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NCJ Number: 227220 Add to Shopping cart Find in a Library
Title: Understanding Intimate Partner Stalking: Implications For Offering Victim Services
Author(s): Shelly Botuck Ph.D.; Patricia Berretty Ph.D.; Sarah Cho; Corey A. Tax; Michele Archer; Lauren Bennett Cattaneo
Date Published: May 2009
Page Count: 92
Sponsoring Agency: National Institute of Justice (NIJ)
Washington, DC 20531
National Institute of Justice/NCJRS
Rockville, MD 20849
NCJRS Photocopy Services
Rockville, MD 20849-6000
Grant Number: 2005-WG-BX-0007
Sale Source: National Institute of Justice/NCJRS
Box 6000
Rockville, MD 20849
United States of America

NCJRS Photocopy Services
Box 6000
Rockville, MD 20849-6000
United States of America
Document: PDF
Type: Report (Study/Research)
Format: Document
Language: English
Country: United States of America
Annotation: Eighty-two women who had experienced stalking by a current or former intimate partner were interviewed at the beginning of the study and monthly over the next 12 months, in order to inquire about various aspects of their stalking experience and the effectiveness of various interventions.
Abstract: The most commonly reported stalking behaviors were related to the stalker trying to obtain information about the victim from a family member, friend, or acquaintance, as well as making unwanted phone calls to the victim; however, an overwhelming majority of participants experienced a combination of stalking behaviors. The trajectory of stalking behavior differed significantly among the victims. There was a statistically significant variation among the women in the rate of change of their perceived safety over the course of the study; however the mean level of feelings of distress decreased significantly over time for the sample. There was a significant decline over time in the number of days the women suffered from poor mental health. Perhaps the decline in distress and the increase in perceived safety over time were related to another finding, i.e., that the stalking frequency decreased over time. Nearly all of the women reported having an order of protection operative at least once during the study period. A slight majority reported contacting the police at least once during the study period, and two-thirds indicated they had a case in court at one or more points during the study. In most cases, criminal justice agencies took no action, referred the victim to court services, or suggested obtaining a protection order. Less than half of the women reported seeking or receiving help from either a victim advocate or counselor during the study. There was no consistently effective intervention across the study period. Policy implications are drawn. 19 tables, 3 figures, 46-item bibliography, and appended stalking behaviors and interview formats for intake, baseline, and monthly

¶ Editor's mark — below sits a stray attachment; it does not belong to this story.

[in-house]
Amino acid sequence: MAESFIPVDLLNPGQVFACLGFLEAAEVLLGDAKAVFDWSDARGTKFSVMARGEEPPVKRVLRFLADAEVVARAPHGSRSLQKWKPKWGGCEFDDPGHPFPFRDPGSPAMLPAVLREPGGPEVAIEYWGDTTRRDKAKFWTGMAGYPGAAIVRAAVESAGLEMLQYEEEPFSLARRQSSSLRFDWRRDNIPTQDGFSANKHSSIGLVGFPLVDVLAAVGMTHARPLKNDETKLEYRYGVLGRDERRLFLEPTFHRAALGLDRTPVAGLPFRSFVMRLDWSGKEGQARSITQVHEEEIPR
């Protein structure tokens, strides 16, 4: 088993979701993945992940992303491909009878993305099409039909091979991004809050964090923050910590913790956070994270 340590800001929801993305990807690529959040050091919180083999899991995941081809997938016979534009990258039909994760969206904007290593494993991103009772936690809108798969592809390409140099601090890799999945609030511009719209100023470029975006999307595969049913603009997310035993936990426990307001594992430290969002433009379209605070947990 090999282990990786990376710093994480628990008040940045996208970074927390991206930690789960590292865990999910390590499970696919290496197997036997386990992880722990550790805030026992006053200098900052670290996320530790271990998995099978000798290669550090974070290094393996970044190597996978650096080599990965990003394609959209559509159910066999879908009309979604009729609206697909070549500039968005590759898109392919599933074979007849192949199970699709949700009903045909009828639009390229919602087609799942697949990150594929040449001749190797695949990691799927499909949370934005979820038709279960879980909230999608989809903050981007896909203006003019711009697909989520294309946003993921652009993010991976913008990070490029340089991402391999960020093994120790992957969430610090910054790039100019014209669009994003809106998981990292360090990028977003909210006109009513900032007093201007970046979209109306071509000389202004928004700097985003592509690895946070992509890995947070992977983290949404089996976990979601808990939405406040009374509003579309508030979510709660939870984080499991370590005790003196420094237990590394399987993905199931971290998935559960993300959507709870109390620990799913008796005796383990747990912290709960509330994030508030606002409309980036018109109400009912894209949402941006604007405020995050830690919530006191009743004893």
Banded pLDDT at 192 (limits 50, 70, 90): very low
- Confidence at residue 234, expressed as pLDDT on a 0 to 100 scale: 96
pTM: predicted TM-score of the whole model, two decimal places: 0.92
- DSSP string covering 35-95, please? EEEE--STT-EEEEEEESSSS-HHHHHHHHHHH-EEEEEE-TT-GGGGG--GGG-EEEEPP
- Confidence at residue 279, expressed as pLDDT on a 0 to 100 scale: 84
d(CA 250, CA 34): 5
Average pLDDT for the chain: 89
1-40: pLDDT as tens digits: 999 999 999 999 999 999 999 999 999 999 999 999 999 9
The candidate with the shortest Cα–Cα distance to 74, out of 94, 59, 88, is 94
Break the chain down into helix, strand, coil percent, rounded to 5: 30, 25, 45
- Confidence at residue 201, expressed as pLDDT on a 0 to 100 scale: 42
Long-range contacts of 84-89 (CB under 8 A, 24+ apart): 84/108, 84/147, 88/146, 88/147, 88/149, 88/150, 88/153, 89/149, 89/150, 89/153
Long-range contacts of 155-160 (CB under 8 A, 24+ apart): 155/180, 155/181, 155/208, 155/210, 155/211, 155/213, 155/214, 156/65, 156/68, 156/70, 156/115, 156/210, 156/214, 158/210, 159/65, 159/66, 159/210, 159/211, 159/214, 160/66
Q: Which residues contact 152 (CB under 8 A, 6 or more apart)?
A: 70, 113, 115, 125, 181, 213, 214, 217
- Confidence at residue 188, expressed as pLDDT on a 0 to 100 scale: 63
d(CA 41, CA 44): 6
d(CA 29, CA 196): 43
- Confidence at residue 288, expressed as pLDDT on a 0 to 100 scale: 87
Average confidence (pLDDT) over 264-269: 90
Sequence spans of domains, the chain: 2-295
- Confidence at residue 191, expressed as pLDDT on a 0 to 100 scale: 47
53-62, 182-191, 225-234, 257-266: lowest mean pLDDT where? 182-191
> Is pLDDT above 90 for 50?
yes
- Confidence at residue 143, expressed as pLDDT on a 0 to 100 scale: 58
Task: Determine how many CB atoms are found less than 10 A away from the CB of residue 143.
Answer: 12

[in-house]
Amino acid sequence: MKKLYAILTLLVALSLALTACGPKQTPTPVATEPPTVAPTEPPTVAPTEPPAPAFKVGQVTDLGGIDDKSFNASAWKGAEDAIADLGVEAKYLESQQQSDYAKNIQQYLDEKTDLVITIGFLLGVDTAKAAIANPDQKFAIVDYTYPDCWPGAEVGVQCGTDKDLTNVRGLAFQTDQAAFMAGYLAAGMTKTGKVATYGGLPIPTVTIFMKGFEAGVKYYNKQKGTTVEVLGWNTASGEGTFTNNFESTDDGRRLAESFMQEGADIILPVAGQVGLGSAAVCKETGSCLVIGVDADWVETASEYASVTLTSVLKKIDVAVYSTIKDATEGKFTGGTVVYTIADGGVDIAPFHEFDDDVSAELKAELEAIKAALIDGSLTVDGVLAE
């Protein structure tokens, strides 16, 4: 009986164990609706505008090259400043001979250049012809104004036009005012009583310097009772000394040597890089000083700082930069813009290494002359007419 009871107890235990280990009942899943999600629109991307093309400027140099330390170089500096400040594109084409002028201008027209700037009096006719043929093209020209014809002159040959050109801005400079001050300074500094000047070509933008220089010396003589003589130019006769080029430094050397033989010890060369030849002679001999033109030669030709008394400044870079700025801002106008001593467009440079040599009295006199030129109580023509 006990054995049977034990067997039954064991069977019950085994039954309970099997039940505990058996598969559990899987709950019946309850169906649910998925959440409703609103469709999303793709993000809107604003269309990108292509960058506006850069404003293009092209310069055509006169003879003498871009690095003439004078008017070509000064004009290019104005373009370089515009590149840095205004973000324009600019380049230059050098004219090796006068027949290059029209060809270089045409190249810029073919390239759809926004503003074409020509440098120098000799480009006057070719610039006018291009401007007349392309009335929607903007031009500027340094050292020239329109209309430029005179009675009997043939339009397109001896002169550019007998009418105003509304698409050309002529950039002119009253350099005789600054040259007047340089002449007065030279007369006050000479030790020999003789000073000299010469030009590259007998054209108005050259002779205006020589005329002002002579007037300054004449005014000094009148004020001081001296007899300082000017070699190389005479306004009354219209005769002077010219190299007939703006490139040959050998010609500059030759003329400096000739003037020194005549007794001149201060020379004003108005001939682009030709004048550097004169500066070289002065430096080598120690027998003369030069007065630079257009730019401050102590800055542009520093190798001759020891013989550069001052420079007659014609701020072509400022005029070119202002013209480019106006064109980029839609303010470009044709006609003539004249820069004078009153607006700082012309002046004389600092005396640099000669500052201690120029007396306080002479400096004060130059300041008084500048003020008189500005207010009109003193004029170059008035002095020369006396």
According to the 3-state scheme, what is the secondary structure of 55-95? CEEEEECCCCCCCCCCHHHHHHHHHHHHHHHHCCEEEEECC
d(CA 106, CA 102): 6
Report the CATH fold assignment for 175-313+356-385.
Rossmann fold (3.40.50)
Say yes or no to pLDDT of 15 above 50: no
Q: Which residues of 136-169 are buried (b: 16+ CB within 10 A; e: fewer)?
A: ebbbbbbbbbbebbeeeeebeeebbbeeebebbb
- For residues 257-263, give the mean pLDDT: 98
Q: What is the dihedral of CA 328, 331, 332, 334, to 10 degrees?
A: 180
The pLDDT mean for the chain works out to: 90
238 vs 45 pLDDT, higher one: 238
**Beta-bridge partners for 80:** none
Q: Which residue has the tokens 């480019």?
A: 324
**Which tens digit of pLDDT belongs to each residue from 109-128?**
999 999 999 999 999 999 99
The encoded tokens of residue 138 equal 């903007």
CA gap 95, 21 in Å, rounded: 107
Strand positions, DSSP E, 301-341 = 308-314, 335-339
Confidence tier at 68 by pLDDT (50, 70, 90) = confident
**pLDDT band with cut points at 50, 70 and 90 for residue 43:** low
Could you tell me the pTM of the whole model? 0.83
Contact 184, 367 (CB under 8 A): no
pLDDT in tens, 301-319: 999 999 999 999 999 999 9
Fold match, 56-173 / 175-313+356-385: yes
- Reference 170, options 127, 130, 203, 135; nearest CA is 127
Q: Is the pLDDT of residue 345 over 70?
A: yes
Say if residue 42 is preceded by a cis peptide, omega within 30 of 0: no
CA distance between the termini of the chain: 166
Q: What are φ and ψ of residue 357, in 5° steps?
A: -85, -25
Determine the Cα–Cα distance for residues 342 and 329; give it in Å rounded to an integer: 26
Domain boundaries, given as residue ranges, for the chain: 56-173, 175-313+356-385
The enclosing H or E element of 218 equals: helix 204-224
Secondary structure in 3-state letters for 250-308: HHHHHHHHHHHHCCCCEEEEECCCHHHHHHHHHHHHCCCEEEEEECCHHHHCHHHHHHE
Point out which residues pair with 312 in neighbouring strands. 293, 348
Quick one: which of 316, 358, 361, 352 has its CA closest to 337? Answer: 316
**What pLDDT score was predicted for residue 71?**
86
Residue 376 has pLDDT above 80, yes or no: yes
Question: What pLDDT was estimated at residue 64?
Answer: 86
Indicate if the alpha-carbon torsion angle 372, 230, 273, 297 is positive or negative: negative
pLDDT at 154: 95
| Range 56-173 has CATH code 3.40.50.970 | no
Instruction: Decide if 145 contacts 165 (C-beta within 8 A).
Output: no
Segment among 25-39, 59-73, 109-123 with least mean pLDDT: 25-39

Main Term(s): Victim attitudes
Index Term(s): Crime specific countermeasures; NIJ final report; Psychological victimization effects; Restraining orders; Stalkers; Stalking
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